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The Walking Dead: Season 2.2 - A House Divided (PC) artwork

The Walking Dead: Season 2.2 - A House Divided (PC) review

"Who knew this much social pressure can be heaped upon zombie Apocalypse survivors."


Season 2 wasnít big on easing players in. Without her supporting cast, 11 year-old Clementine was left on her own, in the middle of a woods crawling with undead. She had to do things to survive no little girl should have to do -- it was purposefully difficult to watch, but transferred her from being a group of survivorís moral compass to prime protagonist. In Season 1, she was chaperoned, protected, but the game made it your job to raise her for the situation Season 2 maliciously drops her in. You had to slowly chip away at her innocence to instil a level-headed coldness you can now, heartbreakingly, see behind her eyes. In Season 2 she has to stop being a child and start being a survivor.

The first episode All That Remains, drove that point home hard; it showed the lessons she had learned and her willingness to survive against the odds. Thereís nothing so graphically gut-wrenching to be found in A House Divided as in her previous trials, so Telltale gets right to work on keeping you as anxious as it can instead. The last choice made in the previous episode will see you trapped with one of two people, neither of which offering an ideal partner. Oneís probably infected, and has to make a tough call on what heís going to do about that; the otherís a tumbling collection of grief and dire resignation Ė both require some tough calls to be made on your behalf. Itís a apprehensive moment, made all the tenser by strong writing designed to install sympathy with the characters. Itís dangerous to get attached considering Telltaleís habit of killing everyone youíve ever even slightly cared about off with sadistic glee.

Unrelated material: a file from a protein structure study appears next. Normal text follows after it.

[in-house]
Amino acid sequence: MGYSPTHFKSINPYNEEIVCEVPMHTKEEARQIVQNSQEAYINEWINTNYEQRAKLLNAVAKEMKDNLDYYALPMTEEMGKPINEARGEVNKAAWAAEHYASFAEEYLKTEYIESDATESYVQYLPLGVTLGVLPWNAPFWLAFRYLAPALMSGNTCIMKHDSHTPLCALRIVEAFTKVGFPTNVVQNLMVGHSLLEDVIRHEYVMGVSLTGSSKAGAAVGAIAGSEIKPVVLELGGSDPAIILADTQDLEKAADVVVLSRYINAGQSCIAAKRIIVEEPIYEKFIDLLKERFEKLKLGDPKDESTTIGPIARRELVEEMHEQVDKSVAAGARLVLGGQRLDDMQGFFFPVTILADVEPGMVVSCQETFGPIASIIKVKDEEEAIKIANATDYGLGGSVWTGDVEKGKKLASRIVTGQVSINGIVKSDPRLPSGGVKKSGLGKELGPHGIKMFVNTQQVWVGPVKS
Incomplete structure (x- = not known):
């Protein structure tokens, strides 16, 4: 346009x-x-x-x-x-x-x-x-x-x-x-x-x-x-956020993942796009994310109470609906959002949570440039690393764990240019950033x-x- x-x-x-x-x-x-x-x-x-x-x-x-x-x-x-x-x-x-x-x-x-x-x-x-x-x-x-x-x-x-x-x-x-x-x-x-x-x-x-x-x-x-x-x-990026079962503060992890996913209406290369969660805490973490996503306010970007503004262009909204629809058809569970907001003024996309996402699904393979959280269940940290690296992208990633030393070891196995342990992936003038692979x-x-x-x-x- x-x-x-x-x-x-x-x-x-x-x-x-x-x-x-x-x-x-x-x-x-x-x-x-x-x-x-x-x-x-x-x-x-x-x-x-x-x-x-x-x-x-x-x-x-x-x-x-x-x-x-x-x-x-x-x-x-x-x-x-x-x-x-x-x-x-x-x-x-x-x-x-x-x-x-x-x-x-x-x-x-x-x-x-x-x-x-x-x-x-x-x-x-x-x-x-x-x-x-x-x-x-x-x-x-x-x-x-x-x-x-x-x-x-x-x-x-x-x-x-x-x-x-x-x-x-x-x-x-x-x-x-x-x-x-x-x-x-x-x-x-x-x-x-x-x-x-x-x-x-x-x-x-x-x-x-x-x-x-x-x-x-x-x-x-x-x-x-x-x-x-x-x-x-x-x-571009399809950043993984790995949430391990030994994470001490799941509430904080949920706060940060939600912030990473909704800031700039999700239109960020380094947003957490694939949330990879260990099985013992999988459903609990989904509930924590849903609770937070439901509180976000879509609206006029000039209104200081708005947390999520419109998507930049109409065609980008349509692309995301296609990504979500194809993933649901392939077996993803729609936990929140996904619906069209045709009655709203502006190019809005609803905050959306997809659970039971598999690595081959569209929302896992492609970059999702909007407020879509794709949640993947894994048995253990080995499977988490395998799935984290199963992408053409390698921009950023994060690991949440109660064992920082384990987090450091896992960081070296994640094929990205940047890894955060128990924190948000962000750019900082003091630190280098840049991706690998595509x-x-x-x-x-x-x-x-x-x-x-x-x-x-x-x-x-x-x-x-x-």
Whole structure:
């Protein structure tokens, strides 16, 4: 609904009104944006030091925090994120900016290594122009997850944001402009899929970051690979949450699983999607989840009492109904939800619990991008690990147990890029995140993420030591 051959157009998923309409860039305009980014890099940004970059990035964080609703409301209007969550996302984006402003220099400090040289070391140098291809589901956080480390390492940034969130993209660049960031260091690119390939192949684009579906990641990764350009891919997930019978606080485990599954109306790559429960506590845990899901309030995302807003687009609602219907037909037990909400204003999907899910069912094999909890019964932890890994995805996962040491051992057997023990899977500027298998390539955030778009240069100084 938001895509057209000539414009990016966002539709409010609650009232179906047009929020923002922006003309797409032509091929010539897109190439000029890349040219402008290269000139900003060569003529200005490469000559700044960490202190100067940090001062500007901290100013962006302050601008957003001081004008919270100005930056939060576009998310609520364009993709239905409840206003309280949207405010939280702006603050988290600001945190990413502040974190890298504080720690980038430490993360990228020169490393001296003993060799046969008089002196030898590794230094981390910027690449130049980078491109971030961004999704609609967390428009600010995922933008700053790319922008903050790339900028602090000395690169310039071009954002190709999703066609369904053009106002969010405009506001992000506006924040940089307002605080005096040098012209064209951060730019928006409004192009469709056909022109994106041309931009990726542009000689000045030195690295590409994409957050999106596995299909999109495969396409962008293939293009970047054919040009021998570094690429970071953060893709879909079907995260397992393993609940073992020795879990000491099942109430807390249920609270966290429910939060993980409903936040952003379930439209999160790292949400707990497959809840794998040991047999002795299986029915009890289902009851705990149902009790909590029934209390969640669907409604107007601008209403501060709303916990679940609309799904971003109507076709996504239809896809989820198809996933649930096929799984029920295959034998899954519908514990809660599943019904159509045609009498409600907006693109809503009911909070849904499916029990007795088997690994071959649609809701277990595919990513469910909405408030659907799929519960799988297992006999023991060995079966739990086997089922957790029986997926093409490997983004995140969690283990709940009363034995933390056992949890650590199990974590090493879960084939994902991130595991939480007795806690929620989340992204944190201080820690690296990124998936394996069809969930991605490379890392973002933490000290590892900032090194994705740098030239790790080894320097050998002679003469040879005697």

The Walking Dead Season 2.2 - A House Divided (PC) image

A House Divided is much less macabre but much more traumatic. In finding a new group of survivors, Clementine has joined a story already in progress that the game only hints at, showing you brief glimpses of the whole picture one second, then messing with your expectations of it. Clem will overcome her first hurdle, and be left with fellow survivor, Sarah, alone in a wood cabin while the adults leave to search for answers. Sarah provides a perfect comparative model; sheís slightly older than Clem, but much more naÔve, purposefully kept ignorant of the worst horrors of the new world by her protective father. When an unwelcome intruder enters the cabin, Clem has to step up to front him out while Sarah panics and hides.

In perhaps the strongest stand-alone scene the series has yet to produce, the intruder and Clementine both track through the house, begrudgingly telling each other little snippets of truth wrapped in lies, trying to trick the other into revealing more than they want to. Clementine is forced to try and protect her new found group, while the intruder whittles away at her small reservoir of faith in them with casual comments. Her defence is forced to waver under her new found uncertainty, and itís in times like this The Walking Dead subtly reminds you that, for all her courage and sheer will to survive, Clementine is still just an eleven year old girl.